Born Feb. 15, 1924 in the former Soviet Union at Halbstadt, Oberlander had one sister. His father Johann was a doctor, his mother Lydia a nurse.

The family history is rooted in a German Mennonite community that had lived there for 250 years. Oberlander was Volksdeutsche — ethnic Germans who had lived in Eastern Europe for generations. He grew up speaking Russian, Ukrainian and German.

The German speaking families called his hometown Halbstadt while the Russian and Ukrainian speaking families called it Molochansk. It is about 75 kilometres north of the Sea of Azov. When Ukraine became an independent country in 1991 following the collapse of the Soviet Union, Oberlander’s hometown was part of the new country.

Germany military units moved through this area on the way to the oilfields of Baku on the Caspian Sea when Oberlander was 17. Oberlander volunteered for the Waffen SS in October 1941 and was still a member in May 1944, when he was granted German citizenship.

As an interpreter for the security and counter-intelligence units of the Waffen SS — the SD and SiPo, Oberlander was on the payroll of the Nazi party. For a while he was posted to a concentration camp. The SD and SiPo went into those camps, identified the Jews and political officers with the Soviet Red Army, the Commissars, and executed them.

He was part of Einsatzgruppe D, which was made up of several smaller units known as Sonderkommandos or Einsatzkommandos. Einsatzgruppen units started the mass murder that became The Holocaust. Of the six million Jews killed in the Holocaust, the 3,000 members of the Einsatzgruppen murdered 1.5 to 2 million from 1941-43.

Oberlander’s 120 man unit, Einsatzkommando 10a, moved through 30 villages around the Sea of Azov and into the Northern Caucuses. It killed about 47,000 people, mostly Jews.

Oberlander was part a two-day operation outside Rostove-on-Don in southern Russia, where more than 27,000 Jews were shot over a mass grave. It was the second largest massacre to occur on Russian territory during the war.

Oberlander was stripped of his Canadian citizenship four times for concealing his wartime record. The last time he lost his citizenship was in 2017, and the Supreme Court of Canada refused to hear more appeals from his lawyers. That paved the way for a deportation hearing before the Immigration Division of the Immigration and Refugee Board of Canada. Oberlander died before his deportation hearing was held.

Transcripts of interviews with several other members of EK 10a, conducted by West German investigators in the 1960s formed the main evidence against him. The transcripts make for gruesome reading and include first person accounts of mass executions.

“A general directive had been issued requiring every member of a commando to participate in an execution at last once,” said Lothar Heimbach, a member of EK 10a.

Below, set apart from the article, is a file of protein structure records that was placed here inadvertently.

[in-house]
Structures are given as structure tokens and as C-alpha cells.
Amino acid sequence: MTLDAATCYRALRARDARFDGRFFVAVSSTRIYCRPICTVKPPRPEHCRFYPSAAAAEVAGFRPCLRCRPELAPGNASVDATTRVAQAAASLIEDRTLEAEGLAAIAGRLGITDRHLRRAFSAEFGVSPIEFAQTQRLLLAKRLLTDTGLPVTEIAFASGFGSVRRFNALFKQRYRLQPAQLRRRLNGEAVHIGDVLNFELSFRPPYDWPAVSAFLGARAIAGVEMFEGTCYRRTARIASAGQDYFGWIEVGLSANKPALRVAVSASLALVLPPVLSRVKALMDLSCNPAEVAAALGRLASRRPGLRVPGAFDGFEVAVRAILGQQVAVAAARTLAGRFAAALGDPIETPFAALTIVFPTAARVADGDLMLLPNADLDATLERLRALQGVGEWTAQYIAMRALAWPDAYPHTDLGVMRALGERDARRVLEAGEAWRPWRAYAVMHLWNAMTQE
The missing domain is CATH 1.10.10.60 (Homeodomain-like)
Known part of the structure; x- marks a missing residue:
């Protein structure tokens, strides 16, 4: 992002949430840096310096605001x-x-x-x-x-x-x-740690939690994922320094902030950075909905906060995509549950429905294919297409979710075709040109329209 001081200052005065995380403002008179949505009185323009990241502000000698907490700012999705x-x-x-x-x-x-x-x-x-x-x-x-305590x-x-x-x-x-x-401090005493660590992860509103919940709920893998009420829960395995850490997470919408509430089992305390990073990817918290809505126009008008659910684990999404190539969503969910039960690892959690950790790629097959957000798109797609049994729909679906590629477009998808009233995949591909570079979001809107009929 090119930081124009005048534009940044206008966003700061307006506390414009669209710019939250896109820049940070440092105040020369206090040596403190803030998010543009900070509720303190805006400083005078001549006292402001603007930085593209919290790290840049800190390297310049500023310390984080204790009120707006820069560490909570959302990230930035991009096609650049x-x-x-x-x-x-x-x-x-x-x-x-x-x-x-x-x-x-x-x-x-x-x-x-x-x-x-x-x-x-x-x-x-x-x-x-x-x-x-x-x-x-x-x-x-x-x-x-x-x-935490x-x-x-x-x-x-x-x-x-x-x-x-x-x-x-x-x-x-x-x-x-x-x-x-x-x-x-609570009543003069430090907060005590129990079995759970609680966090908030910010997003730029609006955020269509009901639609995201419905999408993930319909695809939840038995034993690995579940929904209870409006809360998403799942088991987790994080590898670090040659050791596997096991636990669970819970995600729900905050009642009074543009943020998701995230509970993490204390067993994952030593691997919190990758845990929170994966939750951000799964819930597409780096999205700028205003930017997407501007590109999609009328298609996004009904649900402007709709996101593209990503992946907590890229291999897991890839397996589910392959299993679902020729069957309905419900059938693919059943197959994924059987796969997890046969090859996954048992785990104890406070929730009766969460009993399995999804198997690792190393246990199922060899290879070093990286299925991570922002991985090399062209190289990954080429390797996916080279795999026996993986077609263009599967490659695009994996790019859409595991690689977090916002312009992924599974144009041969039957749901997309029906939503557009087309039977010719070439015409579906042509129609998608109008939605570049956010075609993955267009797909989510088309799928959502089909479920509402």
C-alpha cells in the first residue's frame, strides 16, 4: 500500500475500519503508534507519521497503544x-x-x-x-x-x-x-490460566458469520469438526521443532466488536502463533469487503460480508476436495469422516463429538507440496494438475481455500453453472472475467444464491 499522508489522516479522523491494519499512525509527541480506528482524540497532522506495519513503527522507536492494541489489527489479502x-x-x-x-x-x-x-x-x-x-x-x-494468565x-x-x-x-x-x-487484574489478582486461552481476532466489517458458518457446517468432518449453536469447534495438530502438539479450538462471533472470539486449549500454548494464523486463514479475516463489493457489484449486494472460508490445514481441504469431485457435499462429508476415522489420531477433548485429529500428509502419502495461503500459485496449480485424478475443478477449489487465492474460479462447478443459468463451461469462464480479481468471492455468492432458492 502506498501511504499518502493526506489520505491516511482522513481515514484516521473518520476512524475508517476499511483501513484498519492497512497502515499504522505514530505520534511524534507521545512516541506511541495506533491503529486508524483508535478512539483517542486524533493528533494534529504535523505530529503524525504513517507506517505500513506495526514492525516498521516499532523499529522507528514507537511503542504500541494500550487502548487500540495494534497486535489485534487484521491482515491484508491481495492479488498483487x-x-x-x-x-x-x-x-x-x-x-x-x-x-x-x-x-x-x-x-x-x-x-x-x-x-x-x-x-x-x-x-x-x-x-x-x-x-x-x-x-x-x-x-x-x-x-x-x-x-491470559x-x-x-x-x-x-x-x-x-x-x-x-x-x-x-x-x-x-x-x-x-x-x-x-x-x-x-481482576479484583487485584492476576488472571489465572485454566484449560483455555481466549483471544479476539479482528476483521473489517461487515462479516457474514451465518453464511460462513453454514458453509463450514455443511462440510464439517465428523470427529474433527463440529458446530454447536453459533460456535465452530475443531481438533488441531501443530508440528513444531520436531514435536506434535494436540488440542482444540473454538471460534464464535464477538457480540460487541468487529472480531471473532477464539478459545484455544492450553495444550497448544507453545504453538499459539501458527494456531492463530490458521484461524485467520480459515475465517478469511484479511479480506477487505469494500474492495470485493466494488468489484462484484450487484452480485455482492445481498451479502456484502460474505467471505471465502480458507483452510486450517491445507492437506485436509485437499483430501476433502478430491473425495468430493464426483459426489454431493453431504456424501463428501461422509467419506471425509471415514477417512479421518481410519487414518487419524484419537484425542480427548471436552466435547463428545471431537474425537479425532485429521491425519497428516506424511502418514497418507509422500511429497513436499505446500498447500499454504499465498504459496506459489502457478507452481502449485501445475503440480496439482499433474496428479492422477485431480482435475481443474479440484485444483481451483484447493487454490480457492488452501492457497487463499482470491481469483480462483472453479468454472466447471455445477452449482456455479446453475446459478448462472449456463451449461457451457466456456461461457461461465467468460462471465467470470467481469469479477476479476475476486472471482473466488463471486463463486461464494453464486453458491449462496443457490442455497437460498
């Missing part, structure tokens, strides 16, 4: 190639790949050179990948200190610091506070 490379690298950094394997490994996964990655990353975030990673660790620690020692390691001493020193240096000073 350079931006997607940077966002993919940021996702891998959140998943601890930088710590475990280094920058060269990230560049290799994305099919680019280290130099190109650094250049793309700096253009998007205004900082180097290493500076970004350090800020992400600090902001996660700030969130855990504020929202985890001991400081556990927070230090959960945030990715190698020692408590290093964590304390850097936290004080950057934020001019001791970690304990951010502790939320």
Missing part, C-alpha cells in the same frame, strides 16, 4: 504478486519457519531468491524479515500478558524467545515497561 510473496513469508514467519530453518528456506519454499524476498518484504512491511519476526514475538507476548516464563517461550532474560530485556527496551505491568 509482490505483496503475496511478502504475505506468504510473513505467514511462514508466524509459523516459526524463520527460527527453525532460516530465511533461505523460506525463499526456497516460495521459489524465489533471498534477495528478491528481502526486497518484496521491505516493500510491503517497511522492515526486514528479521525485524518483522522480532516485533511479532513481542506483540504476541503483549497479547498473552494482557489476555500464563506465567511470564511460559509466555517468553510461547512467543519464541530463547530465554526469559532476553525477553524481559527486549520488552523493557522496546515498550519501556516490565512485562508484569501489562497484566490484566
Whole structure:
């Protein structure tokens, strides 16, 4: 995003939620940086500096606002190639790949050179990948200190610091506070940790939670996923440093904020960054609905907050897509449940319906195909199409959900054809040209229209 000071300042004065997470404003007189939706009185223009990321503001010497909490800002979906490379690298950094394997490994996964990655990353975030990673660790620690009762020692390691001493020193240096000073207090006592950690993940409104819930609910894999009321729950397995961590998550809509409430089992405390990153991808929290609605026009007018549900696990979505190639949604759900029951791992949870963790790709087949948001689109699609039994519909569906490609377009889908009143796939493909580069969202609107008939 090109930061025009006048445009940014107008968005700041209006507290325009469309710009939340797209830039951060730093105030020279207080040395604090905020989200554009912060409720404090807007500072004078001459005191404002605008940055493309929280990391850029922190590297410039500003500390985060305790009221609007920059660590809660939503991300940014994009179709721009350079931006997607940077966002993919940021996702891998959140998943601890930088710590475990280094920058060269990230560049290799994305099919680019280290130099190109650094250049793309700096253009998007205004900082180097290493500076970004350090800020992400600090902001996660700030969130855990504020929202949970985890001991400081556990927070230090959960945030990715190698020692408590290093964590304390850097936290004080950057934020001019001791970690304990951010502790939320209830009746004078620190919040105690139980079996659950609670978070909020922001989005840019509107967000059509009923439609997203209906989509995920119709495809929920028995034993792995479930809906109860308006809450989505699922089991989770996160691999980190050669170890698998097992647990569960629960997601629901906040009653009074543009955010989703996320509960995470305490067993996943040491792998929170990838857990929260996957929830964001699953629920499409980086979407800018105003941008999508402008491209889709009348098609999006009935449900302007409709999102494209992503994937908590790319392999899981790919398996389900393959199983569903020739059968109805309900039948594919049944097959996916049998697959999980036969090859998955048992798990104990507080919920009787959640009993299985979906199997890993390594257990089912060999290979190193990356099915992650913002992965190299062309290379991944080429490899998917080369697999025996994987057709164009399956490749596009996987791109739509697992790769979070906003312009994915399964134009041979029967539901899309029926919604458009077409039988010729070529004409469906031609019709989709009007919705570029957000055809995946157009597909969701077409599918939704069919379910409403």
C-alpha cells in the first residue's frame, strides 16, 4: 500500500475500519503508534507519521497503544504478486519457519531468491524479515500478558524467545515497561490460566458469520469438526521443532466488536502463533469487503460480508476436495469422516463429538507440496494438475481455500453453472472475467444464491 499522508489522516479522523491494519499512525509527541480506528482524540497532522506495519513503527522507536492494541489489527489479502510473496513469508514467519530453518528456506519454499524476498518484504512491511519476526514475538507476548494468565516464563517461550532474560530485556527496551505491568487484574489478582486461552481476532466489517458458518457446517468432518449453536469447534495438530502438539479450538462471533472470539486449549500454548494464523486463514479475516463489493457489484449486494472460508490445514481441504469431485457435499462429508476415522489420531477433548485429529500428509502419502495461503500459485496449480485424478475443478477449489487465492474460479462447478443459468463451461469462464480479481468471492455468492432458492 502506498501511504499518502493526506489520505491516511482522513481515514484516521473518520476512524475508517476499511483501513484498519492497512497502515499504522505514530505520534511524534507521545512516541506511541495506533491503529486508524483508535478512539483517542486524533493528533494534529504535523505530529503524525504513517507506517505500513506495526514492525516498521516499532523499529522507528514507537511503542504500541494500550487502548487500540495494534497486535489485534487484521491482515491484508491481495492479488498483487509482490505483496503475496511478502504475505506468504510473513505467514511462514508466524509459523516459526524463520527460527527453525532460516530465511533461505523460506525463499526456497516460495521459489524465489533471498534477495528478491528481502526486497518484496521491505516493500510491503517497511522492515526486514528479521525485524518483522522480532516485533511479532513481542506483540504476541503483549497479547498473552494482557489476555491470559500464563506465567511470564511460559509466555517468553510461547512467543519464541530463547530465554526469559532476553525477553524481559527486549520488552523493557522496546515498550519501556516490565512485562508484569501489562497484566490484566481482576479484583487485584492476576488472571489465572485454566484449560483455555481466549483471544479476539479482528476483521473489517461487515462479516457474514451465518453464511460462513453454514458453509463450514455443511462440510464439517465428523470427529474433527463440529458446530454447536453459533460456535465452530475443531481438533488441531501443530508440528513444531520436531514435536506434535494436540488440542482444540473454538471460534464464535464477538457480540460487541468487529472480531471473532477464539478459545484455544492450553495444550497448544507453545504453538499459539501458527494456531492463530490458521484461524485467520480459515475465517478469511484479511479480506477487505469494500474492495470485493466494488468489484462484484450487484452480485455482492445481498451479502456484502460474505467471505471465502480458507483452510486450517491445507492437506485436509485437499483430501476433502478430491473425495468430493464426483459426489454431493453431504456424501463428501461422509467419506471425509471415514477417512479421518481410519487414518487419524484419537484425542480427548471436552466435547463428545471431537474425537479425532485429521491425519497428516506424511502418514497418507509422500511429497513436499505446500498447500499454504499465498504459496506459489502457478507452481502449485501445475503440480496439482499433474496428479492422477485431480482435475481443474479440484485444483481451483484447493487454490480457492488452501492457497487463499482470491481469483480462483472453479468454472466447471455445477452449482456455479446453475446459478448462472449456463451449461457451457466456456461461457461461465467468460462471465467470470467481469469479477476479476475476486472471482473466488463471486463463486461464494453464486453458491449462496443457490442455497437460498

Another member of the death squad, Leo Maar, said Oberlander worked as a translator when EK 10a killed 27,000 Jews in Rostow. The Jews had to report to different collection points where they were loaded on trucks and taken to the anti-tank ditch outside the town where they were shot.

“I remember that numerous members of the commando were utilized in this operation,” said Maar. “The two interpreters, Seetzen and Littich, and Oberlander were involved in it as I recall.”

Otto Nurnberg told war crimes investigators the killing operation in Taganrog started at 10 a.m. on Oct. 26, 1941 and continued until about 3 p.m.

German military records show EK 10a killed 7,000 Jews in Krasnador.

When the Soviet Red Army broke the German siege at Stalingrad, German units retreated, including Oberlander’s. After getting his German citizenship, Oberlander surrendered in the British Sector at the end of the war.

He later worked on a farm, studied construction engineering, married and applied to come to Canada in 1953. Starting in April of 1953 every German had to list his occupations, addresses and military service for the previous 10 years. Oberlander concealed his voluntary membership in the Waffen SS, the Einsatzgruppen, the SD and SiPo.

“There is no doubt but for (Oberlander’s) misrepresentation to Canadian immigration authorities, he never would have obtained permanent residence or Canadian citizenship,” said Department of Justice lawyers in written arguments filed with the Immigration Division.

“That misrepresentation gave him the undeserved privilege of living a long life in Canada, something that the victims of EK 10a never had,” they said.

Oberlander and his wife Margaret arrived in Quebec City in May 1954. They settled among the large German community in Kitchener-Waterloo.

In 1958, he started Oberlander Construction Ltd. Initially focusing on building school additions and gas stations, then houses. From houses, he branched into apartments, putting up about 1,000 rental units in K-W, Woodstock, Stratford and Guelph by the mid-1960s, when he shifted from construction to land development.

Oberlander’s firm was behind what was Waterloo’s most ambitious residential subdivisions — Lakeshore Village.

Oberlander Construction prospered in the rapidly-growing postwar economy. He had two daughters and obtained Canadian citizenship in 1960.

While he became a community leader, the RCMP Security Service quietly built a file on Oberlander’s wartime activities. They opened a file on Oberlander in May 1963 when Foreign Affairs alerted the Mounties to press reports that described Oberlander’s participation in shooting Jews. At that time, the RCMP collected information on suspected war criminals, but it did not launch investigations.

By the early 1980s, Ottawa wanted to identify immigrants who had concealed their Nazi pasts to obtain visas, strip them of their citizenship and deport them. The RCMP opened more than 200 investigations.

The RCMP described Oberlander as their most promising case.

Those investigations were interrupted by the appointment of the Commission of Inquiry on War Criminals in 1985 — the Deschenes Commission. It too concluded Oberlander should lose his citizenship and be deported for concealing his membership in the Einsatzgruppen.